Aaron M. Seider
In this paper, I explore the dialogue between princeps and poets surrounding the 23 BCE death of Marcus Claudius Marcellus, Augustus’ nephew, son-in-law, and potential heir. Scholarly treatments of Marcellus’ passing often focus on a single reaction (see, e.g., Falkner, Freudenburg, Shaya), but a synoptic analysis reveals the debate about the youth’s commemorative value. By considering material and literary monuments together, I argue that they reveal how Marcellus’ traumatic loss can be integrated within a successful narrative, even as they raise questions about memory’s capacity to encompass a death and demarcate a beginning. Memorialized several times over by the emperor, Marcellus is set within a standardized memory that includes the triumphant stories of Rome’s heroes and Augustus’ family. In the poets’ verses, though, Marcellus’ death resists the centripetal pull of a comprehensible social memory, as his own identity, along with that of this new Rome, become blurred.
Throughout the paper, I draw on work from Memory Studies to consider the complex array of reactions to Marcellus’ death. Zerubavel’s term “commemorative density,” for instance, elucidates how certain moments from a collective past may be remembered with a heightened intensity, while Assmann explores how a community’s founders experience their society’s origins and also have the power to communicate those events as memories in the future. Citizens of Augustan Rome occupied just such a mnemonic space, although it was attended by remarkable complexities. Along with uncertainty about the nature of this new foundation, not every member of that community had the will or ability to transform their individual recollections into a social memory. Augustus, though, possessed both the desire and power to foster a standardized commemoration of the past, and Rome’s poets interjected their own voices within this larger conversation as well.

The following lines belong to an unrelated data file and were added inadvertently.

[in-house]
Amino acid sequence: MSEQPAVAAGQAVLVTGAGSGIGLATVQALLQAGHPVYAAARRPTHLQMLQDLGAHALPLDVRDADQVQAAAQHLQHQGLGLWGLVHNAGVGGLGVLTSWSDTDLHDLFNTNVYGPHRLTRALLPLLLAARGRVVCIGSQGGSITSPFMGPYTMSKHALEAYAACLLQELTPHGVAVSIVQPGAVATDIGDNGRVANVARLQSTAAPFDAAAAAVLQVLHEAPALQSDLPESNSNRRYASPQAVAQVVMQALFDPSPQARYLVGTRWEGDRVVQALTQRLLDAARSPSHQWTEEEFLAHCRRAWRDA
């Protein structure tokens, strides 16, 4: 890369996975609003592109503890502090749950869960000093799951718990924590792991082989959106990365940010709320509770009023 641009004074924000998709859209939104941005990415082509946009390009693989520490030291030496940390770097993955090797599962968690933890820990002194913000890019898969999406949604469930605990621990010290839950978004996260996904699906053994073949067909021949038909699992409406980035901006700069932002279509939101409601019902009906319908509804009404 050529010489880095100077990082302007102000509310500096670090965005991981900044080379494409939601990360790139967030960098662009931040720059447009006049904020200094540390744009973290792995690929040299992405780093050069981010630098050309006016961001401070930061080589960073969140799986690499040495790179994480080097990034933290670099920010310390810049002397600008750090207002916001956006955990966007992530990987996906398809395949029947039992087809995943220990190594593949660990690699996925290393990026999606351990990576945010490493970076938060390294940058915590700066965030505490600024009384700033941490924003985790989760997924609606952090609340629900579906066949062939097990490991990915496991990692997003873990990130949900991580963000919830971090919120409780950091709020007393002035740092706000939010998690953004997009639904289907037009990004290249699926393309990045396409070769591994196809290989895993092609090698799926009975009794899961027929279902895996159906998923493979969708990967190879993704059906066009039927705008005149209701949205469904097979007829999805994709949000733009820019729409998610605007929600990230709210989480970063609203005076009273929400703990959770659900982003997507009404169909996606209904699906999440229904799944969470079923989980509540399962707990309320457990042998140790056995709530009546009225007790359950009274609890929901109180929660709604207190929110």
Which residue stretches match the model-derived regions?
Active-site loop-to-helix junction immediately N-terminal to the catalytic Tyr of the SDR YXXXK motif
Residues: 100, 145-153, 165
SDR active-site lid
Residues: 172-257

Augustus’ commemorations of Marcellus seek to portray his death as part of a larger story of the triumphs of the city and its new imperial family. Honored through burial in Augustus’ Mausoleum, the dedication of a theater in his name, and inclusion amongst the Augustan Forum’s summi viri, Marcellus is associated with familial longevity and martial success. The triumphal route, for instance, likely passed either directly outside of his theater or through the structure itself, while the placement of his statue in Augustus’ new forum elides the trauma of his death by situating him within a visual display of strength and continuity.
The verses of Horace (C. 1.12), Propertius (3.18), and Vergil (A. 6.854-886), though, characterize Marcellus and his death as an event that destabilizes both his individual identity as well as the meaning of Augustus’ Rome. Horace’s Ode, for instance, likely written just prior to Marcellus’ passing, already raises the possibility of a blurring between this youth and his eponymous ancestor, a famous third-century BCE politician and general. This same link is emphasized in Propertius, and Vergil exploits this possibility further in the Aeneid, where Aeneas wonders in confusion at the two Marcelli in the underworld, one of whom is bathed in glory, the other in doom. Compared to Augustus’ commemorations, fractures radiate outward from these poems. By blurring Marcellus’ identity with that of his eponymous ancestor and focusing as much on the lost future as on past victories, the poets call into doubt memory’s ability to capture Marcellus’ singularity and to confer a stable meaning both on his death and on Augustus’ new foundation itself.